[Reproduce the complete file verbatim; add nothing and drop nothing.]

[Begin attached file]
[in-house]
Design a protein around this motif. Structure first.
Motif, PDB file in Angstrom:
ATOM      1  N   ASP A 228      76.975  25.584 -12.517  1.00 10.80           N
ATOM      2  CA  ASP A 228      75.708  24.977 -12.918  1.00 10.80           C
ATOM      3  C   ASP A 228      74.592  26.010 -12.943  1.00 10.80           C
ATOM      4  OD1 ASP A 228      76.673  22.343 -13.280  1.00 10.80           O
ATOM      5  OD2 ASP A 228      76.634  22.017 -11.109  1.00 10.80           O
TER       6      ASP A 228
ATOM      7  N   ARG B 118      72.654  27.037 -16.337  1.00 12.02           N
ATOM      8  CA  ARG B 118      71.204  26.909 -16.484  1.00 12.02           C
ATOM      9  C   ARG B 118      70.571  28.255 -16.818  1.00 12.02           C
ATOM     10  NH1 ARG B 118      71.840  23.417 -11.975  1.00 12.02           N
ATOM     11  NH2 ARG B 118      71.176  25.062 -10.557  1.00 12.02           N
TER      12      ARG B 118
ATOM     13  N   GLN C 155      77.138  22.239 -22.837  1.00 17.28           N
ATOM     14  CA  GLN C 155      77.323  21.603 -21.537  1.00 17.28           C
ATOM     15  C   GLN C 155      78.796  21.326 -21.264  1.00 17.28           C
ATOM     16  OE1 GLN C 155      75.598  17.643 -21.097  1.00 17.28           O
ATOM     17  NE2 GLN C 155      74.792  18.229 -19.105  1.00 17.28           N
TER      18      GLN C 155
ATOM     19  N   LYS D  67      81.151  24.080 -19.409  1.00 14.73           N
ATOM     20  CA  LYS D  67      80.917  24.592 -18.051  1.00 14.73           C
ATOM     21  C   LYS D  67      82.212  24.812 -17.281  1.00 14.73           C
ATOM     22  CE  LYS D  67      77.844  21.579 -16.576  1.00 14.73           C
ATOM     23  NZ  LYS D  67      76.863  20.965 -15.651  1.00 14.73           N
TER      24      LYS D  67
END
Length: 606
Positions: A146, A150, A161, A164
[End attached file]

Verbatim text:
[in-house]
Design a protein around this motif. Structure first.
Motif, PDB file in Angstrom:
ATOM      1  N   ASP A 228      76.975  25.584 -12.517  1.00 10.80           N
ATOM      2  CA  ASP A 228      75.708  24.977 -12.918  1.00 10.80           C
ATOM      3  C   ASP A 228      74.592  26.010 -12.943  1.00 10.80           C
ATOM      4  OD1 ASP A 228      76.673  22.343 -13.280  1.00 10.80           O
ATOM      5  OD2 ASP A 228      76.634  22.017 -11.109  1.00 10.80           O
TER       6      ASP A 228
ATOM      7  N   ARG B 118      72.654  27.037 -16.337  1.00 12.02           N
ATOM      8  CA  ARG B 118      71.204  26.909 -16.484  1.00 12.02           C
ATOM      9  C   ARG B 118      70.571  28.255 -16.818  1.00 12.02           C
ATOM     10  NH1 ARG B 118      71.840  23.417 -11.975  1.00 12.02           N
ATOM     11  NH2 ARG B 118      71.176  25.062 -10.557  1.00 12.02           N
TER      12      ARG B 118
ATOM     13  N   GLN C 155      77.138  22.239 -22.837  1.00 17.28           N
ATOM     14  CA  GLN C 155      77.323  21.603 -21.537  1.00 17.28           C
ATOM     15  C   GLN C 155      78.796  21.326 -21.264  1.00 17.28           C
ATOM     16  OE1 GLN C 155      75.598  17.643 -21.097  1.00 17.28           O
ATOM     17  NE2 GLN C 155      74.792  18.229 -19.105  1.00 17.28           N
TER      18      GLN C 155
ATOM     19  N   LYS D  67      81.151  24.080 -19.409  1.00 14.73           N
ATOM     20  CA  LYS D  67      80.917  24.592 -18.051  1.00 14.73           C
ATOM     21  C   LYS D  67      82.212  24.812 -17.281  1.00 14.73           C
ATOM     22  CE  LYS D  67      77.844  21.579 -16.576  1.00 14.73           C
ATOM     23  NZ  LYS D  67      76.863  20.965 -15.651  1.00 14.73           N
TER      24      LYS D  67
END
Length: 606
Positions: A146, A150, A161, A164